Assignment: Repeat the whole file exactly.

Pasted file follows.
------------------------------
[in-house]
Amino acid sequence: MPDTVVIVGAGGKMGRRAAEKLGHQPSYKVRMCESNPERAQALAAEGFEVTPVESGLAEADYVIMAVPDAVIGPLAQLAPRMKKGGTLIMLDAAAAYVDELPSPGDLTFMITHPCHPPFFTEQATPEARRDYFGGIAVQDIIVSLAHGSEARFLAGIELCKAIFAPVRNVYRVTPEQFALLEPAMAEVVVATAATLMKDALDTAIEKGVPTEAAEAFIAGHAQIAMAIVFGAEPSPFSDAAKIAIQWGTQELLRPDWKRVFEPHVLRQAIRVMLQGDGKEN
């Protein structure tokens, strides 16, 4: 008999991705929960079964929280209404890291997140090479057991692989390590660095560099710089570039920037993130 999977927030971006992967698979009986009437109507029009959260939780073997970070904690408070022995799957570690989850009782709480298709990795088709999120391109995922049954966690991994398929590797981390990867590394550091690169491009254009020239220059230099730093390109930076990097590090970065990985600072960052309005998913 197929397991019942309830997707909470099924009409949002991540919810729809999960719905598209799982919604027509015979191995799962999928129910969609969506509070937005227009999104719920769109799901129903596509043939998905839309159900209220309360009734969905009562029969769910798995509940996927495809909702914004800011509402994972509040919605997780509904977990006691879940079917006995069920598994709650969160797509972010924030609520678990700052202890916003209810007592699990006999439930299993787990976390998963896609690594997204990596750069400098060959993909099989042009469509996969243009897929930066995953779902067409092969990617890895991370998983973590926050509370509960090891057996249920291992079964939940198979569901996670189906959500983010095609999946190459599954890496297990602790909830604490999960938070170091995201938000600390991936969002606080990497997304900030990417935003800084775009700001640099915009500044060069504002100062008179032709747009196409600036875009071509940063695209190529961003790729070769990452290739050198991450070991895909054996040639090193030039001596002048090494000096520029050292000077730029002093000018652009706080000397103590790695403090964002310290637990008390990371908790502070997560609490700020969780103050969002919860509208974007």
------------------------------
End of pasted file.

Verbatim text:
[in-house]
Amino acid sequence: MPDTVVIVGAGGKMGRRAAEKLGHQPSYKVRMCESNPERAQALAAEGFEVTPVESGLAEADYVIMAVPDAVIGPLAQLAPRMKKGGTLIMLDAAAAYVDELPSPGDLTFMITHPCHPPFFTEQATPEARRDYFGGIAVQDIIVSLAHGSEARFLAGIELCKAIFAPVRNVYRVTPEQFALLEPAMAEVVVATAATLMKDALDTAIEKGVPTEAAEAFIAGHAQIAMAIVFGAEPSPFSDAAKIAIQWGTQELLRPDWKRVFEPHVLRQAIRVMLQGDGKEN
């Protein structure tokens, strides 16, 4: 008999991705929960079964929280209404890291997140090479057991692989390590660095560099710089570039920037993130 999977927030971006992967698979009986009437109507029009959260939780073997970070904690408070022995799957570690989850009782709480298709990795088709999120391109995922049954966690991994398929590797981390990867590394550091690169491009254009020239220059230099730093390109930076990097590090970065990985600072960052309005998913 197929397991019942309830997707909470099924009409949002991540919810729809999960719905598209799982919604027509015979191995799962999928129910969609969506509070937005227009999104719920769109799901129903596509043939998905839309159900209220309360009734969905009562029969769910798995509940996927495809909702914004800011509402994972509040919605997780509904977990006691879940079917006995069920598994709650969160797509972010924030609520678990700052202890916003209810007592699990006999439930299993787990976390998963896609690594997204990596750069400098060959993909099989042009469509996969243009897929930066995953779902067409092969990617890895991370998983973590926050509370509960090891057996249920291992079964939940198979569901996670189906959500983010095609999946190459599954890496297990602790909830604490999960938070170091995201938000600390991936969002606080990497997304900030990417935003800084775009700001640099915009500044060069504002100062008179032709747009196409600036875009071509940063695209190529961003790729070769990452290739050198991450070991895909054996040639090193030039001596002048090494000096520029050292000077730029002093000018652009706080000397103590790695403090964002310290637990008390990371908790502070997560609490700020969780103050969002919860509208974007």